Circuit Court Rules on OSHA Silica Standard

The U.S. Court of Appeals for the District of Columbia Circuit recently issued a ruling that the Occupational Safety and Health Administration (OSHA) could proceed with a respirable crystalline silica standard enacted in 2016.

The Court did not give weight to studies that have shown that the aggregates industry’s compliance with current regulations has been effective in reducing and appropriately monitoring silica exposure to workers. Silica is the second most common mineral in the world and found abundantly in nature, and despite the fact that silica-related illnesses have dropped dramatically the past four decades, the rule reduces the workplace exposure limit by half from 100 micrograms per cubic meter to 50 micrograms per cubic meter over an eight-hour work shift.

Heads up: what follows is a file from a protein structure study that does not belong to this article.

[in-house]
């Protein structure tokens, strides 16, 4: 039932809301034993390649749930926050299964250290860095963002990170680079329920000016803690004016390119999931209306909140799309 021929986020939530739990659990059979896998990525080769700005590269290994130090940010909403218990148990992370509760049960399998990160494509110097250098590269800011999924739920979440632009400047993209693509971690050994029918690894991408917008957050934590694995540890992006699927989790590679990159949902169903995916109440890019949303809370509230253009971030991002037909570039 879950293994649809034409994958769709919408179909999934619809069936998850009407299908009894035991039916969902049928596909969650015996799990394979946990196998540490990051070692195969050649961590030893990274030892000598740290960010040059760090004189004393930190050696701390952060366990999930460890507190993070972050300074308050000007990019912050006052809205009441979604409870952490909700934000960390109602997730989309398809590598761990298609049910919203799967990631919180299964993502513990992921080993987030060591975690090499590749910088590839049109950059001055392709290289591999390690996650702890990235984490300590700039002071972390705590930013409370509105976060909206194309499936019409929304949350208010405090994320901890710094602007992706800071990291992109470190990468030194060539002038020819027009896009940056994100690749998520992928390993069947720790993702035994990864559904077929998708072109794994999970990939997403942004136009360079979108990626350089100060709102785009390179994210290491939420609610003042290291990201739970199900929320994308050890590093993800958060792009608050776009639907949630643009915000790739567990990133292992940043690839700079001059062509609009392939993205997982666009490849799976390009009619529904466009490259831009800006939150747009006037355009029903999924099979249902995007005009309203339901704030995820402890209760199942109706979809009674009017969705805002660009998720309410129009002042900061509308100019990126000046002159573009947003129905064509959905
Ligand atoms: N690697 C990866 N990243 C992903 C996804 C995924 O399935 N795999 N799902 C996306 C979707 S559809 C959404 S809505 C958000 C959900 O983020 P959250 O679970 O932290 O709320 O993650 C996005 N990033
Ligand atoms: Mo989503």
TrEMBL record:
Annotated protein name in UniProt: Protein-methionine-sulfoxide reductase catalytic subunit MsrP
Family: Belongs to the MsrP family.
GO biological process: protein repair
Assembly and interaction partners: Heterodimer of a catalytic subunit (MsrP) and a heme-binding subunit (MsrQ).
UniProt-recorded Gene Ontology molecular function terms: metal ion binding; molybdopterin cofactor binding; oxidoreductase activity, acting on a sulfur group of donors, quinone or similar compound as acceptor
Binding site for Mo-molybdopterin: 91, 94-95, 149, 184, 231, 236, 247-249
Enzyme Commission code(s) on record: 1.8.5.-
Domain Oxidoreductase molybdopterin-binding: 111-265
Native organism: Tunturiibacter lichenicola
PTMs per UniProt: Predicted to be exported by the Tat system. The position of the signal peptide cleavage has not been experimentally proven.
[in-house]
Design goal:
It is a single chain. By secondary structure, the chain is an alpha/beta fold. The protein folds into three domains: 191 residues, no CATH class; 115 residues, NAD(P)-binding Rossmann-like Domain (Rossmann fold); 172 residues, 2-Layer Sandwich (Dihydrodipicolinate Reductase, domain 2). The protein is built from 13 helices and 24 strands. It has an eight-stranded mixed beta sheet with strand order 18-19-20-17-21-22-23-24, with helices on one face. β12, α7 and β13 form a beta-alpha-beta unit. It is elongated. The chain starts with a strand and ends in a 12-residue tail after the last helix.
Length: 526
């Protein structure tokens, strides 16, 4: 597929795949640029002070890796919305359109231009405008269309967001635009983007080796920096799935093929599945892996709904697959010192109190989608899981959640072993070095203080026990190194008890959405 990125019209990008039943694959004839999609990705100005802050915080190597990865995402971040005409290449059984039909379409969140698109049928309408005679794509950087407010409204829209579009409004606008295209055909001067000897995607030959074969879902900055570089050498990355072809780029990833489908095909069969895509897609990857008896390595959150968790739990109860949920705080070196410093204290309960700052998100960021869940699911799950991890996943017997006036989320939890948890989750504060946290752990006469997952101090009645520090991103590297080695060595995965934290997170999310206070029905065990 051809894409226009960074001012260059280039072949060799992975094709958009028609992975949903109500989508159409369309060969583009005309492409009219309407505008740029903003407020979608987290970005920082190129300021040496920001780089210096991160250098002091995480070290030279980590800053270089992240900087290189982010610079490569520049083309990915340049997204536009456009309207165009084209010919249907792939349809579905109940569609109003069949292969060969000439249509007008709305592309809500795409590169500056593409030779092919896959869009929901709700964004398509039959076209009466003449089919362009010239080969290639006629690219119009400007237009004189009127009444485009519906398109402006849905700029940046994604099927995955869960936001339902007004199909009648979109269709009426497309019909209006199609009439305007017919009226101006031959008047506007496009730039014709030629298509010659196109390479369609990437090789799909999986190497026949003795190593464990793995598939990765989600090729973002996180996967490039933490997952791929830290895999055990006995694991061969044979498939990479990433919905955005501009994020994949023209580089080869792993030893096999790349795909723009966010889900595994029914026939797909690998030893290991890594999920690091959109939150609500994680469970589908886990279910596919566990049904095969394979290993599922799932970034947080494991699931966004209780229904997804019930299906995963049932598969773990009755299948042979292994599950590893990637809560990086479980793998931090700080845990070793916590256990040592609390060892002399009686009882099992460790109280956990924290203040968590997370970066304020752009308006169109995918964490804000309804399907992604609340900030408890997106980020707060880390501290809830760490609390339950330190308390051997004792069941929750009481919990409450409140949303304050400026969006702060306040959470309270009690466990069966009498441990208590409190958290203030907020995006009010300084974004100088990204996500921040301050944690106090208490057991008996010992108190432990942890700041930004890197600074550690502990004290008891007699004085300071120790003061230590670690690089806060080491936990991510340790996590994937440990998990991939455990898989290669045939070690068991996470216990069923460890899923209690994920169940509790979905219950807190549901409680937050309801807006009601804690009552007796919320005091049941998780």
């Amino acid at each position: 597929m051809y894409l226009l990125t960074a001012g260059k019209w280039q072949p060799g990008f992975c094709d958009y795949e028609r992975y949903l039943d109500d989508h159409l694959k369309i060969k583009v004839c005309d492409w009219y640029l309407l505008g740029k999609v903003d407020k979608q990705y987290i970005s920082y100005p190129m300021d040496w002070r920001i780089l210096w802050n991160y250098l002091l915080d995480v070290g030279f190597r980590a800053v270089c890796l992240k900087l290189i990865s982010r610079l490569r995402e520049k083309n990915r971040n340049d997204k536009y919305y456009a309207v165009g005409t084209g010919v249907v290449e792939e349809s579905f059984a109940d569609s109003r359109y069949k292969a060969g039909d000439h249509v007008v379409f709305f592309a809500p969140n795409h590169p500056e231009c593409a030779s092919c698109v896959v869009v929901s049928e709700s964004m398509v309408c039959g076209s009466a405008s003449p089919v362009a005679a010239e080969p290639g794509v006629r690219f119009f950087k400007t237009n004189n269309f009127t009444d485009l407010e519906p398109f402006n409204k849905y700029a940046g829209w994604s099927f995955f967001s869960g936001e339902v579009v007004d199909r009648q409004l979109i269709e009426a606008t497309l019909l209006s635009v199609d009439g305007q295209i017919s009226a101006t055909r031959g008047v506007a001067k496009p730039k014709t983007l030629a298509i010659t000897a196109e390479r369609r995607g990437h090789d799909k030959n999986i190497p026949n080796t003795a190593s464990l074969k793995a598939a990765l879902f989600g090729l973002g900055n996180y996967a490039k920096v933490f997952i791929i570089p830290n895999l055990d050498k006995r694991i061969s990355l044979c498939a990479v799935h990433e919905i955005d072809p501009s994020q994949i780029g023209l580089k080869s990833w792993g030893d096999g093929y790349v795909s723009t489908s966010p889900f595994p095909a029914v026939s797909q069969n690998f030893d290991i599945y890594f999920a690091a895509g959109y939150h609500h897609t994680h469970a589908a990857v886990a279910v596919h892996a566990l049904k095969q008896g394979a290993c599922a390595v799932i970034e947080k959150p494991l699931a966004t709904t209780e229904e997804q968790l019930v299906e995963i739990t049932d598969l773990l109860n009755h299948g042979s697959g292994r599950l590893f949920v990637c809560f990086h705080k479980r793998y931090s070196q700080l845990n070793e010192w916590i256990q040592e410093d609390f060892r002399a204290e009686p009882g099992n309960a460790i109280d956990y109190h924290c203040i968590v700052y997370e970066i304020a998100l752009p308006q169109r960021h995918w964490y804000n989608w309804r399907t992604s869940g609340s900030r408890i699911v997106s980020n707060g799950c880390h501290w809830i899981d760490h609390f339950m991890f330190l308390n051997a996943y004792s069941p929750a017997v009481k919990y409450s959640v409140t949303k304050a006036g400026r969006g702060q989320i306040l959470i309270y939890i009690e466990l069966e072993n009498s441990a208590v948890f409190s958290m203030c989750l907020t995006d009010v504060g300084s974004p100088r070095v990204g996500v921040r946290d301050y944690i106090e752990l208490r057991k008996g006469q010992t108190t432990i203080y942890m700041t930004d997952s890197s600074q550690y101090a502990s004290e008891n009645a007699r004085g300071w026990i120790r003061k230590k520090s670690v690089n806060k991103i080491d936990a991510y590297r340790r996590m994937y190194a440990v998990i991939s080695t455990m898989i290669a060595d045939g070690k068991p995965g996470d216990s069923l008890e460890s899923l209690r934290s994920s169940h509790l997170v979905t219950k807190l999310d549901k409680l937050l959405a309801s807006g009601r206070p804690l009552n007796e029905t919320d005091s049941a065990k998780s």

“While the majority of NSSGA members’ operations are not directly affected by the ruling, we are disappointed with the disproportionate importance granted to the agency’s positions by the DC District Court,” said Michael W. Johnson, NSSGA president and CEO. “We maintain that OSHA ignored a substantial body of science-based evidence—including studies by the U.S. Centers for Disease Control and Prevention—that full compliance with the 1972 workplace exposure limit protects worker health. It’s also clear that OSHA selected woefully outdated information to justify its economic and technical feasibility assessment.”

NSSGA has shown that objective evidence demonstrates that many commercial laboratories that analyze workplace air samples do not consistently provide the analytical accuracy at this lower limit. Johnson said that NSSGA will continue to pursue policies that are based on the best available science and that protect the health and safety of aggregates industry workers.

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